by Ruxandra Looft, a lecturer at Iowa State University. She can be found on Twitter as @ruxandralooft and editing/writing for the feminist news and advocacy site Flyover Feminism. She lives in Iowa with her partner, daughter, overzealous dog, and a garage full of bikes.
[Content Note: Sexual harassment; rape culture. Cross-posted at Flyover Feminism.]
I'm teaching a Germany current events class at my university this semester. In broad strokes, we cover topics such as media, politics, environmentalism, and identity. The goal of the class is to break away from clichéd images of Germans as Lederhosen-wearing beer-slinging Oktoberfest attendees to a more complex and thoughtful understanding of what it means to be "German" or to live in Germany today.
We had just wrapped up our media unit and had begun discussions about German politics and Germany's political parties when the colossal #Aufschrei Twitter campaign reached our eyes. What started as a sexist comment from Rainer Brüderle (member of Germany's Free Democrats Party) towards a female journalist became the catalyst that inspired media consultant and activist Anne Wizorek to speak out and organize German women's complaints of sexual harassment in bold and candid tweets earmarked with the hashtag #Aufschrei (outcry).
The movement quickly organized to include a website, a Twitter account (@aufschreien), and the sister hashtags (#EverydaySexism, #AlltagsSexismus, #outcry). Feminists all over the world added their tweets to the conversation. A grassroots movement at the intersection of media, politics, and feminism was born. I couldn't wait to talk to my students about it.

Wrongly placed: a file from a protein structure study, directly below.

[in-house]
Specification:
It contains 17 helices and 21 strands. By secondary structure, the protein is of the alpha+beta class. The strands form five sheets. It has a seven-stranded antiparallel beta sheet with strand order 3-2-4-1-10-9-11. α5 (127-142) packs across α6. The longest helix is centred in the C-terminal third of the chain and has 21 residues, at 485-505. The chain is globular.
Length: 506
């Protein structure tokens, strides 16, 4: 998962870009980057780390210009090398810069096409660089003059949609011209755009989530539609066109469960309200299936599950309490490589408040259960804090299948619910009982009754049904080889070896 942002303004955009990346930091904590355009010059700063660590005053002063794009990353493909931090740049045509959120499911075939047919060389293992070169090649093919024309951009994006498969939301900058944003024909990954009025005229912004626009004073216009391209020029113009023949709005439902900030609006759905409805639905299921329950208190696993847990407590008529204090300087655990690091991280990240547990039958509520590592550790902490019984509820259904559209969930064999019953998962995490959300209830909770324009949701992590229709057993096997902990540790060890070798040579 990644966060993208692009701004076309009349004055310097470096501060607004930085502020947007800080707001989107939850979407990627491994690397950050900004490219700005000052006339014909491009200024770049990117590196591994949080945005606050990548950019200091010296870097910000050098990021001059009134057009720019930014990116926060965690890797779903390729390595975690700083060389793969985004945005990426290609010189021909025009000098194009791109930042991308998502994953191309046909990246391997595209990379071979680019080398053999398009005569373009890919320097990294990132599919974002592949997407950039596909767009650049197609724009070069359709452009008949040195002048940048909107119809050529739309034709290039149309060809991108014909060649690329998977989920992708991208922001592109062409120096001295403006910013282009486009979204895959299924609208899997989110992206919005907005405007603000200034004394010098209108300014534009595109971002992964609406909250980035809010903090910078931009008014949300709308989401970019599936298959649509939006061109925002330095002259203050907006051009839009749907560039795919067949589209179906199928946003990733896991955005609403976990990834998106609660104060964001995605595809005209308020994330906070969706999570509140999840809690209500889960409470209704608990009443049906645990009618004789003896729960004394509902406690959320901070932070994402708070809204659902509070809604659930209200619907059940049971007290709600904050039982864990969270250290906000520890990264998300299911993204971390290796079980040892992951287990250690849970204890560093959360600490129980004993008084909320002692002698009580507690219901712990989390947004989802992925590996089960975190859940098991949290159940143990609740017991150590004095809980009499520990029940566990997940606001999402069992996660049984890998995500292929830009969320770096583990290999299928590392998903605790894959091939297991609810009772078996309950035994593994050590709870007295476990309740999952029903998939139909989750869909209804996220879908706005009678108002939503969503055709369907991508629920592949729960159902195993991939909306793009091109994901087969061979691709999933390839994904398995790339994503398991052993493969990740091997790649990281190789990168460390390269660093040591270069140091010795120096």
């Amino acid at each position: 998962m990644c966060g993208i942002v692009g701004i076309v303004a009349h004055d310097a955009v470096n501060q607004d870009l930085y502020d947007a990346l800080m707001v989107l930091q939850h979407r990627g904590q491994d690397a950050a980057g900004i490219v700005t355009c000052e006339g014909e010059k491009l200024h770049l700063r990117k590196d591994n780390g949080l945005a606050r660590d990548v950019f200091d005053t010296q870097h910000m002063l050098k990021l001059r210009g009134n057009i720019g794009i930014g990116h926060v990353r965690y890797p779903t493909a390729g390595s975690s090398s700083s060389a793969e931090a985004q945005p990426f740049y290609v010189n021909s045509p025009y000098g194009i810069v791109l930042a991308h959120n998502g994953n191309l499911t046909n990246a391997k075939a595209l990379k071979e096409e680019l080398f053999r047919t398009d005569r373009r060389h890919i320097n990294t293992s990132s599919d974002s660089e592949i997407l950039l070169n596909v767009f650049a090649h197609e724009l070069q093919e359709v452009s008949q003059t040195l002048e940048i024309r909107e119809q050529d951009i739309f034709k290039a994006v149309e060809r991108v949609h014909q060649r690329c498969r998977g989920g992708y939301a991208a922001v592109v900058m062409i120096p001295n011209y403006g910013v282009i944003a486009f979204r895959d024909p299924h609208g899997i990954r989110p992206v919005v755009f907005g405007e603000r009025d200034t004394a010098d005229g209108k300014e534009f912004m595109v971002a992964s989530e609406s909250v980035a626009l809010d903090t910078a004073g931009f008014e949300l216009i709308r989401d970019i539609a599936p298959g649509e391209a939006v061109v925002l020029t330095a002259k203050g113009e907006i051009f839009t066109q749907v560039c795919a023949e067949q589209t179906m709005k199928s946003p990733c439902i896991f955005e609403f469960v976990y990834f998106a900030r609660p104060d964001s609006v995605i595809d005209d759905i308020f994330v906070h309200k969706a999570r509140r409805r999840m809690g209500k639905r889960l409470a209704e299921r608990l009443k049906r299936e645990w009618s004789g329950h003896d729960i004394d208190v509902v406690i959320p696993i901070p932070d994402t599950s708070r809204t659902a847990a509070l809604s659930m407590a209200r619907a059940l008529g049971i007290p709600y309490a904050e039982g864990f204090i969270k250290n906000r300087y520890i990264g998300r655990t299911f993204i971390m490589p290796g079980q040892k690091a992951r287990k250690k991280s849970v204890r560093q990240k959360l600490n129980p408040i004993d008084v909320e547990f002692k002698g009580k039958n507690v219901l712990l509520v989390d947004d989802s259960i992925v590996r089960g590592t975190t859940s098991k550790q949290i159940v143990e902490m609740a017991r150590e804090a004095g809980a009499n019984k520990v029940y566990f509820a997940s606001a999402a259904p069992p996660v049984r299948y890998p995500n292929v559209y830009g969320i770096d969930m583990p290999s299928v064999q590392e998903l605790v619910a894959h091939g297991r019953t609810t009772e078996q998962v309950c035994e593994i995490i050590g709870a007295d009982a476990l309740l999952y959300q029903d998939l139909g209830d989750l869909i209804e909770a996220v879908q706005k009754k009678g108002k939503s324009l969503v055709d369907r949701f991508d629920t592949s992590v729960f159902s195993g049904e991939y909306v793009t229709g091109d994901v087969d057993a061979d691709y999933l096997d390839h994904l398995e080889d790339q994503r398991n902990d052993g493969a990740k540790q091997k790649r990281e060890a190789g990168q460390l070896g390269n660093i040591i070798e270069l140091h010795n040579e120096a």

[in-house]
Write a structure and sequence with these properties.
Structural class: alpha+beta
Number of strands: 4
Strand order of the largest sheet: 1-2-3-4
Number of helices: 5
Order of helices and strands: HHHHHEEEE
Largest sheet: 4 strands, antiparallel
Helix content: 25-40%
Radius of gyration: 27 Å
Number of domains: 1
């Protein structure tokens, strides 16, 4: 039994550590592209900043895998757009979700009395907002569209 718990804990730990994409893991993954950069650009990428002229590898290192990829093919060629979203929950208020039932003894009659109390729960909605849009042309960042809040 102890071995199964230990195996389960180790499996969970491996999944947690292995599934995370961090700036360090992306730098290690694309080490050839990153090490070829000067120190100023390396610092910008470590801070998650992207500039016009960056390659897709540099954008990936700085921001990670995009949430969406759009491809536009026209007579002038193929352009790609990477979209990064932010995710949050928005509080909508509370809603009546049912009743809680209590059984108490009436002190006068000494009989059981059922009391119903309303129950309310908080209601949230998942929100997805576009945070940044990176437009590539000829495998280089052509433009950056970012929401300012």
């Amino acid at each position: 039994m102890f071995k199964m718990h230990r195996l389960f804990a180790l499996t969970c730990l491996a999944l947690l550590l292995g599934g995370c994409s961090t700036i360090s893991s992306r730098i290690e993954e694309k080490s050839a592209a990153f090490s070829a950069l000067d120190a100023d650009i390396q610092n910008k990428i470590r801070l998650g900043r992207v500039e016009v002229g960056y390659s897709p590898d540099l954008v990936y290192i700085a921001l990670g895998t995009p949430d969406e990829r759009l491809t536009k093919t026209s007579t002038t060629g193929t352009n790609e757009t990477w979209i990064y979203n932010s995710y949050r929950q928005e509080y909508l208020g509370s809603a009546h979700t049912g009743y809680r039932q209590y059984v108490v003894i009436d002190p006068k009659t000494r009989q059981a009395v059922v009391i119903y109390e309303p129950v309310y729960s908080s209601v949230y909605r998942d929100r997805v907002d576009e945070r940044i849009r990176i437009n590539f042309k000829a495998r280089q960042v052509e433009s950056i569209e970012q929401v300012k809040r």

But as I compiled links for required readings in preparation of our discussions, I found myself increasingly at odds about how much and how explicitly to talk about sexism and sexual harassment. (This powerful yet harrowing post by Rebecca Solnit in the Tom Dispatch in particular made me question how much and how freely to link to relevant material). When writing about these topics, one can preface articles with trigger warnings cautioning readers about the content ahead. A reader living with trauma caused by the personal experience of the content presented is given the agency to read or not read the words that follow. To remain present or to remove herself from the situation.
But what happens when a student is trapped in a classroom where a discussion brings up terrible and traumatic memories? How can a student easily and subtly remove herself from that moment?
I have thought about prefacing our discussions with a trigger warning introduction to the class but I question how effective that would be. By saying that we are going to discuss topics of a sensitive nature that may make some people uncomfortable and offering students the chance to leave, aren't the very students meant to be spared then singled out and isolated in front of the entire class? While well intentioned, that offer seems useless at best and marginalizing at worst.
The other option? Steering clear of volatile topics in the classroom and playing it safe. But by not talking about harassment, the sorry state of gender equality, and the heroic efforts put forth by activists seems akin to throwing the baby out with the bathwater. There has to be a better way. But how does one work trigger warnings into the classroom lesson plan? How does a teacher effectively and sensitively negotiate topics that require trigger warnings and how are escape options presented in a sensitive and appropriate manner to students whose past traumas follow them into the classroom?
I'm still working on how to best integrate volatile topics into my courses. On how to strike that balance between fostering an atmosphere of openness and willingness to tackle difficult subjects while watching for the cues and signals that relate someone's discomfort and pain. Most importantly, I'm still searching for that verbal equivalent of a written "trigger warning" with which to give my students the agency to walk away when needed.